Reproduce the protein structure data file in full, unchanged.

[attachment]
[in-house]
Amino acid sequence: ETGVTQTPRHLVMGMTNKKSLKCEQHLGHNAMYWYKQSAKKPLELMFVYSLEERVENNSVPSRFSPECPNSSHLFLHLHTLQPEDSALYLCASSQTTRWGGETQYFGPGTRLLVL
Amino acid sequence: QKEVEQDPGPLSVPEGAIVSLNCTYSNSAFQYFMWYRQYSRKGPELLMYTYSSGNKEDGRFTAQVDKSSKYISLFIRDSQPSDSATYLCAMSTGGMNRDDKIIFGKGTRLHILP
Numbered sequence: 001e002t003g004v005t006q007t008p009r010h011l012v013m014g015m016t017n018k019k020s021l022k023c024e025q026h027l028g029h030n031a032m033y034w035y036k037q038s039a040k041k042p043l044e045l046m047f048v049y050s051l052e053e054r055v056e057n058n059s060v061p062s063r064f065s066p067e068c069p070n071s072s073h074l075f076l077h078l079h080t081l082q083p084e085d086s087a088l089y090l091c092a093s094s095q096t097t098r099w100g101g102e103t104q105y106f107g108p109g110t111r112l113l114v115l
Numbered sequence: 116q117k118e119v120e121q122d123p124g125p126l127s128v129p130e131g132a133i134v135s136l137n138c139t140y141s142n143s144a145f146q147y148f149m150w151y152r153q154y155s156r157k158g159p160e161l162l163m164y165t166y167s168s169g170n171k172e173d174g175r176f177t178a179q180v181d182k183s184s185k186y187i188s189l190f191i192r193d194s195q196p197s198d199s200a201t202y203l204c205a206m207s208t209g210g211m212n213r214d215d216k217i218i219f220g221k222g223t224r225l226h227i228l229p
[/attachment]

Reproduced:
[in-house]
Amino acid sequence: ETGVTQTPRHLVMGMTNKKSLKCEQHLGHNAMYWYKQSAKKPLELMFVYSLEERVENNSVPSRFSPECPNSSHLFLHLHTLQPEDSALYLCASSQTTRWGGETQYFGPGTRLLVL
Amino acid sequence: QKEVEQDPGPLSVPEGAIVSLNCTYSNSAFQYFMWYRQYSRKGPELLMYTYSSGNKEDGRFTAQVDKSSKYISLFIRDSQPSDSATYLCAMSTGGMNRDDKIIFGKGTRLHILP
Numbered sequence: 001e002t003g004v005t006q007t008p009r010h011l012v013m014g015m016t017n018k019k020s021l022k023c024e025q026h027l028g029h030n031a032m033y034w035y036k037q038s039a040k041k042p043l044e045l046m047f048v049y050s051l052e053e054r055v056e057n058n059s060v061p062s063r064f065s066p067e068c069p070n071s072s073h074l075f076l077h078l079h080t081l082q083p084e085d086s087a088l089y090l091c092a093s094s095q096t097t098r099w100g101g102e103t104q105y106f107g108p109g110t111r112l113l114v115l
Numbered sequence: 116q117k118e119v120e121q122d123p124g125p126l127s128v129p130e131g132a133i134v135s136l137n138c139t140y141s142n143s144a145f146q147y148f149m150w151y152r153q154y155s156r157k158g159p160e161l162l163m164y165t166y167s168s169g170n171k172e173d174g175r176f177t178a179q180v181d182k183s184s185k186y187i188s189l190f191i192r193d194s195q196p197s198d199s200a201t202y203l204c205a206m207s208t209g210g211m212n213r214d215d216k217i218i219f220g221k222g223t224r225l226h227i228l229p